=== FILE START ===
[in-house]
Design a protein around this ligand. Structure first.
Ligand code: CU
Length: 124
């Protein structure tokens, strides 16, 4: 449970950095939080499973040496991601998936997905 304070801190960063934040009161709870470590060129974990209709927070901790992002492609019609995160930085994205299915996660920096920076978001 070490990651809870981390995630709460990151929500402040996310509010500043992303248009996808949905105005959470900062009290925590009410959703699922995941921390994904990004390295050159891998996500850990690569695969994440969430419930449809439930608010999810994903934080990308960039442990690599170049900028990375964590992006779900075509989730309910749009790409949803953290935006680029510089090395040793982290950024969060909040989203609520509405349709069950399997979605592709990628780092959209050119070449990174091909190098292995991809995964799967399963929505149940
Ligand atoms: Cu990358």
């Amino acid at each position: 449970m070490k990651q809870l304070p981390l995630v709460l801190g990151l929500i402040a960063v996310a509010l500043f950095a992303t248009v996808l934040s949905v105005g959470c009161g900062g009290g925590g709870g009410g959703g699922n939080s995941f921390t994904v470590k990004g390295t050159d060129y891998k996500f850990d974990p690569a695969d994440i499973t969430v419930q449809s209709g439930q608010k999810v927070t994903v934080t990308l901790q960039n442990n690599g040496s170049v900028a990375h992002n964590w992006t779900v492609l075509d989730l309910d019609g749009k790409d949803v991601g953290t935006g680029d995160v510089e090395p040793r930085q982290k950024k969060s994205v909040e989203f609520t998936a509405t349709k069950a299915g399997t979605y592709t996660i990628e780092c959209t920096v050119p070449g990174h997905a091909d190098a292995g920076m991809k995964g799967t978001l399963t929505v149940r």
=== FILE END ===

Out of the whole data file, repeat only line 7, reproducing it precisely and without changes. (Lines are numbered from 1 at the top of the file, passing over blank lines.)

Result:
């Amino acid at each position: 449970m070490k990651q809870l304070p981390l995630v709460l801190g990151l929500i402040a960063v996310a509010l500043f950095a992303t248009v996808l934040s949905v105005g959470c009161g900062g009290g925590g709870g009410g959703g699922n939080s995941f921390t994904v470590k990004g390295t050159d060129y891998k996500f850990d974990p690569a695969d994440i499973t969430v419930q449809s209709g439930q608010k999810v927070t994903v934080t990308l901790q960039n442990n690599g040496s170049v900028a990375h992002n964590w992006t779900v492609l075509d989730l309910d019609g749009k790409d949803v991601g953290t935006g680029d995160v510089e090395p040793r930085q982290k950024k969060s994205v909040e989203f609520t998936a509405t349709k069950a299915g399997t979605y592709t996660i990628e780092c959209t920096v050119p070449g990174h997905a091909d190098a292995g920076m991809k995964g799967t978001l399963t929505v149940r």